Poverty in the U.S. Growing Across the Board: One in Two Americans Considered Poor
February 21, 2013 • 10:29AM

According to the U.S. Census Bureau, one in two Americans currently falls into either the "low income" category or is living in poverty. This is Obama/London's depopulation policy at work, immediately hitting the most vulnerable sectors of the population.

An article in Truthout.org by Alter-Net contributing editor Lynn Parramore points out that, after adjusting for inflation, earnings for the bottom 20% of families in the U.S. have dropped from $16,788 in 1979 to just under $15,000. Earnings for the next 20% have been stuck at $37,000. The Census Bureau estimates that, to be considered living above the poverty line, a family of four must earn approximately $23,000 a year.

But a full-time minimum-wage job pays $14,500 a year, or less than $279 a week, before taxes. An estimated 8.9 million American adults work full-time at minimum wage — these are the official figures — but cannot keep their families out of poverty. They must rely on federal nutritional assistance programs (the SNAP program, for example) to buy food; they don't have access to safe housing — in fact there is not one congressional district in the United States where a full-time minimum-wage worker can afford fair-market rent for a two-bedroom apartment, according to the National Low Income Housing Coalition.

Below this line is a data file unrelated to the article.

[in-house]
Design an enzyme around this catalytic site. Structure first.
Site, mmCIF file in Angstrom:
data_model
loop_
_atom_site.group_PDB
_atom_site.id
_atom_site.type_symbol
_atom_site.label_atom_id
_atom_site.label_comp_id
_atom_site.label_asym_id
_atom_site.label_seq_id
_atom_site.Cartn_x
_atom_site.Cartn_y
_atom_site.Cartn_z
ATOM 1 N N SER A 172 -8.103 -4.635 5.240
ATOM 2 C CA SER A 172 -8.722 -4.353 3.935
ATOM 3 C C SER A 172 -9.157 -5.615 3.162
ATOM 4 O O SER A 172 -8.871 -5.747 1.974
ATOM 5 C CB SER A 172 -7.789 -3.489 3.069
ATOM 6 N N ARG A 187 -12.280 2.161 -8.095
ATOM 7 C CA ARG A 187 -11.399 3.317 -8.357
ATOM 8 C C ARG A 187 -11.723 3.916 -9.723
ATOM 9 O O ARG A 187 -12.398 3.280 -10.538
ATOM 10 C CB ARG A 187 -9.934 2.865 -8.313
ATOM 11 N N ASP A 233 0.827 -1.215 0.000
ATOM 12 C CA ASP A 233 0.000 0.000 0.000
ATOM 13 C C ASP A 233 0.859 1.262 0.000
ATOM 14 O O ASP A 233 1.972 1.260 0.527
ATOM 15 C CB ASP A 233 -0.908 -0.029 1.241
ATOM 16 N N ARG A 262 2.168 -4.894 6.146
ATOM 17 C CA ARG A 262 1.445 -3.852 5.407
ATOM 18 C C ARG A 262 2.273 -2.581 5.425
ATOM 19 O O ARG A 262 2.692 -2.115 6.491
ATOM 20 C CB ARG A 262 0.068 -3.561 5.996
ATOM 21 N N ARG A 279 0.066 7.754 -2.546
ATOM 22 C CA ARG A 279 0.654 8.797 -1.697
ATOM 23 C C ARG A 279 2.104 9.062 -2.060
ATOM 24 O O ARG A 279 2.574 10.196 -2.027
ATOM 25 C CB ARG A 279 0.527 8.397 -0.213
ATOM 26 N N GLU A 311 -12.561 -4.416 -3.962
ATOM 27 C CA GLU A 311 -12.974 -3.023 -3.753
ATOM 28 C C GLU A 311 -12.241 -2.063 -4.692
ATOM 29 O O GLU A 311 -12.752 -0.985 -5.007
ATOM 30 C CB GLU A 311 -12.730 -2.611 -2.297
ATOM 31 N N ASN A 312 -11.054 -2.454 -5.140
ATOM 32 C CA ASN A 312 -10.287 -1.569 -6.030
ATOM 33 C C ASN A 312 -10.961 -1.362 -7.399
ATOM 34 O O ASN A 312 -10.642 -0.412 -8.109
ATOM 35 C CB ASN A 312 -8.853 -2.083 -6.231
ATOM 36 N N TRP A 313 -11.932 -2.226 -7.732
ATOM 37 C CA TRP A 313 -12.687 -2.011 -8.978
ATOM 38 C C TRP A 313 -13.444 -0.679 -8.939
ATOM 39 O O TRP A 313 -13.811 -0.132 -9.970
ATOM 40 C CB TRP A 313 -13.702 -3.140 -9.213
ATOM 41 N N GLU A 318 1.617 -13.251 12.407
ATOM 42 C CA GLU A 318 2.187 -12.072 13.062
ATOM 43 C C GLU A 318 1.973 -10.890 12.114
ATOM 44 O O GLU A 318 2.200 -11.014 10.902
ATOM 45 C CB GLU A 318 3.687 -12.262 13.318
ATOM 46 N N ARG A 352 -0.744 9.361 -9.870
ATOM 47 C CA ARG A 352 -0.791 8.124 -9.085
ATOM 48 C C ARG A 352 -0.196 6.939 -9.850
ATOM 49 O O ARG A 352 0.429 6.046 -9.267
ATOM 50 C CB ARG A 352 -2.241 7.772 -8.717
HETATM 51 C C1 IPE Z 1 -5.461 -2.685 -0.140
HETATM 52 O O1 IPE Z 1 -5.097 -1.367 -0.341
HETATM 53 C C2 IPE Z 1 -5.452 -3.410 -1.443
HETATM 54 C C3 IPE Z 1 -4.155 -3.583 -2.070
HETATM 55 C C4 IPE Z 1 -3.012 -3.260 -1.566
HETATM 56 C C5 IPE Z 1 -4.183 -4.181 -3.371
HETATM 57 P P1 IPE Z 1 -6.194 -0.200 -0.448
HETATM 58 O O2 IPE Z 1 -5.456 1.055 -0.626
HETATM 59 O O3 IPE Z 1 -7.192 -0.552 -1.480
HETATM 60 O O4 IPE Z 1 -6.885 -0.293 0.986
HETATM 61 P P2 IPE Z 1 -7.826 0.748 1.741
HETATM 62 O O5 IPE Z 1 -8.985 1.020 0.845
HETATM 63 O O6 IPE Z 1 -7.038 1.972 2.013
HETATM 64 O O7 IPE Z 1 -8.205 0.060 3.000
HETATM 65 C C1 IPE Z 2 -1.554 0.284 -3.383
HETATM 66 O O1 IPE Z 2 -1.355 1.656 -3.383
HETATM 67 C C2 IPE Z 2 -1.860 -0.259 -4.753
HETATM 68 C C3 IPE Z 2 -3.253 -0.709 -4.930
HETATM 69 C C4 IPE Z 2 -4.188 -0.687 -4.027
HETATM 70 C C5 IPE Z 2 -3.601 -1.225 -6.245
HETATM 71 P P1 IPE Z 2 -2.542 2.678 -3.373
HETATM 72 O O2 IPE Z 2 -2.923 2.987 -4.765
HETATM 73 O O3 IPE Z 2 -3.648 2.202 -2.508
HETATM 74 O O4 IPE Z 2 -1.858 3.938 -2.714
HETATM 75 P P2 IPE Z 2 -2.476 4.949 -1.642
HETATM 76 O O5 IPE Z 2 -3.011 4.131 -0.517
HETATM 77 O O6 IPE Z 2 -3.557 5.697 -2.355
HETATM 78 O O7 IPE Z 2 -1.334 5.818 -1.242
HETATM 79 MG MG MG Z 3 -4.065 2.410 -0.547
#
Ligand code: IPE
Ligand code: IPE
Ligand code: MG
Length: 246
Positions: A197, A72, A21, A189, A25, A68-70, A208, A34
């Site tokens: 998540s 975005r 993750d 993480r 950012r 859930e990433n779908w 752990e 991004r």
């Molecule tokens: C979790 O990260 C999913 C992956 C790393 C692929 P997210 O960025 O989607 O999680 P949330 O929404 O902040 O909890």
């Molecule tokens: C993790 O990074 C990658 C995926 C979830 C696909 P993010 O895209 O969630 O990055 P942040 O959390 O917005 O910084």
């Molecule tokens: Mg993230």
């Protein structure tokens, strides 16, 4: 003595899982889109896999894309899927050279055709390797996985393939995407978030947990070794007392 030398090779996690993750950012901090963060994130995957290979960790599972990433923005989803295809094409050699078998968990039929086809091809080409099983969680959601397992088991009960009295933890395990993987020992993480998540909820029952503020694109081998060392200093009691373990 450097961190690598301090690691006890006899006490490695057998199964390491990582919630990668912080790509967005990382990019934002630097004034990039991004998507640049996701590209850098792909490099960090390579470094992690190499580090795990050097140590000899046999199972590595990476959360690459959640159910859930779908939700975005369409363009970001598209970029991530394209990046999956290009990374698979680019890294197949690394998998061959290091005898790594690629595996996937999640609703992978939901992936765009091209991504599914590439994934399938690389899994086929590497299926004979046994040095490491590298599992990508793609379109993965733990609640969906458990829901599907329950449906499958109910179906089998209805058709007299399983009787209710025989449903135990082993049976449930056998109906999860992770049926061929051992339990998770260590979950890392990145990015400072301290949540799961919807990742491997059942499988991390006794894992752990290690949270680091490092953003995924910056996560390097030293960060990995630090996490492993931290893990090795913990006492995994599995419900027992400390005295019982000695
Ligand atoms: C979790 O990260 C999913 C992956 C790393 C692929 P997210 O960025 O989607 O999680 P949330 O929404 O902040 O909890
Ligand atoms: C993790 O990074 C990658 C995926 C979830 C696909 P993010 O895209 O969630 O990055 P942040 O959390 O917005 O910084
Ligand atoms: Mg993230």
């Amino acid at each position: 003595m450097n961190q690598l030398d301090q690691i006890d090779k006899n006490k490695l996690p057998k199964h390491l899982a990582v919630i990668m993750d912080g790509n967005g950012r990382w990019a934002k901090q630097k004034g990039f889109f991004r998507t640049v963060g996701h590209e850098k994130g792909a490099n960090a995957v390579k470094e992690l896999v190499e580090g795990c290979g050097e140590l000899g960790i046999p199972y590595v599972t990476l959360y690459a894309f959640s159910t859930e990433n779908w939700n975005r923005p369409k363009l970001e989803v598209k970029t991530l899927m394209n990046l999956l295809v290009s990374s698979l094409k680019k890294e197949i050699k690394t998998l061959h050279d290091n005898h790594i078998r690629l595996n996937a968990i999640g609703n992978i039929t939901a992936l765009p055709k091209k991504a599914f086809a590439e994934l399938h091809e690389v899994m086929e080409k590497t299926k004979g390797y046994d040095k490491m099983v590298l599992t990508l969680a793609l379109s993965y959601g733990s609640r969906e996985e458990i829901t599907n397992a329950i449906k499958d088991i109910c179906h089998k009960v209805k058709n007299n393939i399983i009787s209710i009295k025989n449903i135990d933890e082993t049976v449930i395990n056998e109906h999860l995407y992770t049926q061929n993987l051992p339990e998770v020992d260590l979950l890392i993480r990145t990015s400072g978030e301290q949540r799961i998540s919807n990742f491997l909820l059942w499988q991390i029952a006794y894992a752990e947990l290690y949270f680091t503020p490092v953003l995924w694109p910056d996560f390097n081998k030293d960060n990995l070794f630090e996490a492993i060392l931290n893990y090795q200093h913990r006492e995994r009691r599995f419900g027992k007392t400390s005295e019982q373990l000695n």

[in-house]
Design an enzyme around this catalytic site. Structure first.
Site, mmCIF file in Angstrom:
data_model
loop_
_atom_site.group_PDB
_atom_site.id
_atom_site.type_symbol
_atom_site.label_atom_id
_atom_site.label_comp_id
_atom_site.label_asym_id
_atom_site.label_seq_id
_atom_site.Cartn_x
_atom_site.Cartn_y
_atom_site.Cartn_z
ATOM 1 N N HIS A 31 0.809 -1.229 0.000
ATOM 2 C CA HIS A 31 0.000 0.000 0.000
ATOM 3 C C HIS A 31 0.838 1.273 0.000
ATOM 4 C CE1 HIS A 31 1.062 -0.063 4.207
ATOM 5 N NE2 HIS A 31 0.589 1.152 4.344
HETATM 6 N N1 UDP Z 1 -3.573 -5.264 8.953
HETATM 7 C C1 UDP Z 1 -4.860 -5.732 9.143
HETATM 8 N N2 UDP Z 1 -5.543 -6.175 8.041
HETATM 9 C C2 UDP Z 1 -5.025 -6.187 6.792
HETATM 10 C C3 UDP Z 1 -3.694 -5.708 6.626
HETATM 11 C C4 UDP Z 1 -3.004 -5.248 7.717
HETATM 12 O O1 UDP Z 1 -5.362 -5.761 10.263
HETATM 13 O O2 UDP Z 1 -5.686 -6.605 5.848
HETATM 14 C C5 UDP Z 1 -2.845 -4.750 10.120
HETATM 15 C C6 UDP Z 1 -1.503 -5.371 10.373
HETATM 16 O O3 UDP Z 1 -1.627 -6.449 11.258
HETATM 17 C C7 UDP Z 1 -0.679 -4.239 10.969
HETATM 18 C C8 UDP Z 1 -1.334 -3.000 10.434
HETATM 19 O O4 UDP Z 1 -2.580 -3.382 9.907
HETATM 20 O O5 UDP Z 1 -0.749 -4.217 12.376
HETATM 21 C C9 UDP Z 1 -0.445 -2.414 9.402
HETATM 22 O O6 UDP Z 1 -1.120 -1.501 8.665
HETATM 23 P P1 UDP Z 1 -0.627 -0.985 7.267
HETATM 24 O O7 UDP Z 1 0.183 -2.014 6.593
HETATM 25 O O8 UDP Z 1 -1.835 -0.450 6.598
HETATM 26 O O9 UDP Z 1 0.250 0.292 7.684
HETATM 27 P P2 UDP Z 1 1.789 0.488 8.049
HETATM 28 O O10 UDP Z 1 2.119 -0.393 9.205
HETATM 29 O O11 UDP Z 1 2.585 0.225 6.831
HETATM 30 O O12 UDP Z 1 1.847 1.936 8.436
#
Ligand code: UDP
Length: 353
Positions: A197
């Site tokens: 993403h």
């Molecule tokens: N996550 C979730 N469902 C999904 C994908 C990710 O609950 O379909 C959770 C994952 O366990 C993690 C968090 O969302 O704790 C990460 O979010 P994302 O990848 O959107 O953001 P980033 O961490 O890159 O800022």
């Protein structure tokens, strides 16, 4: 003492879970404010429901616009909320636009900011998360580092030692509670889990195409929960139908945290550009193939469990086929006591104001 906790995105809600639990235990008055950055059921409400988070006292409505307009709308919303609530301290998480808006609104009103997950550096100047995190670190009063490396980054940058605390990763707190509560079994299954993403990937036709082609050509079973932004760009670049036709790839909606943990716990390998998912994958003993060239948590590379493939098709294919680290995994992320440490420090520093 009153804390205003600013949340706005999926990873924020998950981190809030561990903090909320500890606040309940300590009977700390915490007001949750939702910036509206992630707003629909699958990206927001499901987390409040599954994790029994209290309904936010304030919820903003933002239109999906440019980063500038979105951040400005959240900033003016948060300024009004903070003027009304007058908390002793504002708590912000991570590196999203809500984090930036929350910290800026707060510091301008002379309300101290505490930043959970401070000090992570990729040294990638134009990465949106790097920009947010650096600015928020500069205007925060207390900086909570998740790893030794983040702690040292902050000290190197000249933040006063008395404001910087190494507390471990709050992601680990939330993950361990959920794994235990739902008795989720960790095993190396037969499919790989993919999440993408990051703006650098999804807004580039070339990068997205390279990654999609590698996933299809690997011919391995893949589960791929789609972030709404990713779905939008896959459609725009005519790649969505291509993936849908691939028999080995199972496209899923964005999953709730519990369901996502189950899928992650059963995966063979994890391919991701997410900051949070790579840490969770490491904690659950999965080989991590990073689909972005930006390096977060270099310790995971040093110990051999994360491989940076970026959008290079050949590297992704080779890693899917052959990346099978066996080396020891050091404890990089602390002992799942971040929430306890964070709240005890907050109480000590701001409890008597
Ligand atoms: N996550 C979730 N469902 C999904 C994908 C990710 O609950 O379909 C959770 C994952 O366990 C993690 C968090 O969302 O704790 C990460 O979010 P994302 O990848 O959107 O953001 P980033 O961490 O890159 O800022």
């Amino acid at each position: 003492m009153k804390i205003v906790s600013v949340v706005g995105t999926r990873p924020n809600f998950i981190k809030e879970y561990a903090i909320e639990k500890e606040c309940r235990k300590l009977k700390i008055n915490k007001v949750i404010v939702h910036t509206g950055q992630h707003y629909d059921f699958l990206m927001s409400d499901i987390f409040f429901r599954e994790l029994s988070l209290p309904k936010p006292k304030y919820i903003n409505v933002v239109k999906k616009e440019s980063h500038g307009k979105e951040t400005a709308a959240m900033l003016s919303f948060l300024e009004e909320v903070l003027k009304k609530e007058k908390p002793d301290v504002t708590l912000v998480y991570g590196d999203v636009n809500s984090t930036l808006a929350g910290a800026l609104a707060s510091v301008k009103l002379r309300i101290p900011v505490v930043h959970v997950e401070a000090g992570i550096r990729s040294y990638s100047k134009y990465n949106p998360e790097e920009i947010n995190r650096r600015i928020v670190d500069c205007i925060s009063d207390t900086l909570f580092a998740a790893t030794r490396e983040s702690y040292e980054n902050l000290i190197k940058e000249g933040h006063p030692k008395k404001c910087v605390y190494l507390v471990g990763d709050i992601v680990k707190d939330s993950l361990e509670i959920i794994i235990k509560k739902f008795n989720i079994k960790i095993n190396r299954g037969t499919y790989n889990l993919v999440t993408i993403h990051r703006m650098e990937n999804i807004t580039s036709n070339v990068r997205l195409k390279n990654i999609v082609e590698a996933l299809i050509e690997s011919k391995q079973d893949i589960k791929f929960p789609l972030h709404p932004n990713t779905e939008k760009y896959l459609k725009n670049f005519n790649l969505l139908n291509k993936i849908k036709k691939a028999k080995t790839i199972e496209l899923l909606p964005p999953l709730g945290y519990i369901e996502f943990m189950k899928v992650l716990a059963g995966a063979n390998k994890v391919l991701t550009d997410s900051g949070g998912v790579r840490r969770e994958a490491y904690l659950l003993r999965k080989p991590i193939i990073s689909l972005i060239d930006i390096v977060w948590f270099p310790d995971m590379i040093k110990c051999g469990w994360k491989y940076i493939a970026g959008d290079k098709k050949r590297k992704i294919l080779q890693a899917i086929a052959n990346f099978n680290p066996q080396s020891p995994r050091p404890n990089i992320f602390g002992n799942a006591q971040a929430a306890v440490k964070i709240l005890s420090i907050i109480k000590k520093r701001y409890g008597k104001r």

Thus, millions of low-wage families must rent places that consume most of their paychecks.

Food? Of the 46.7 million Americans who must use food stamps, many are children who cannot work. During some part of their childhood, almost half of all U.S. children will be on food stamps! For black children, that figures soars to 90%. Eight percent of those receiving food stamps are seniors, Parramore reports. Take into account, too, that the average monthly SNAP benefit is $133.85 per person, or less than $1.50 per person, per meal. The Bureau of Labor Statistics reports that in 2011, a gallon of milk cost $3.50 on average in the U.S., while a pound of stew beef cost $4.30. What will they cost under hyperinflation?

The elderly are also increasingly victimized — a whopping 25% of elderly Americans are considered to be poor. Parramore cites the work of political scientist Kenneth Thomas, who reports that the U.S. has the dubious distinction of having the highest elder poverty rate of any industrialized nation larger than Ireland! An increasing number of Americans are entering poverty in old age. The percentage of Americans ages 75 to 84 new to poverty doubled in 2009 from the 2005 figure.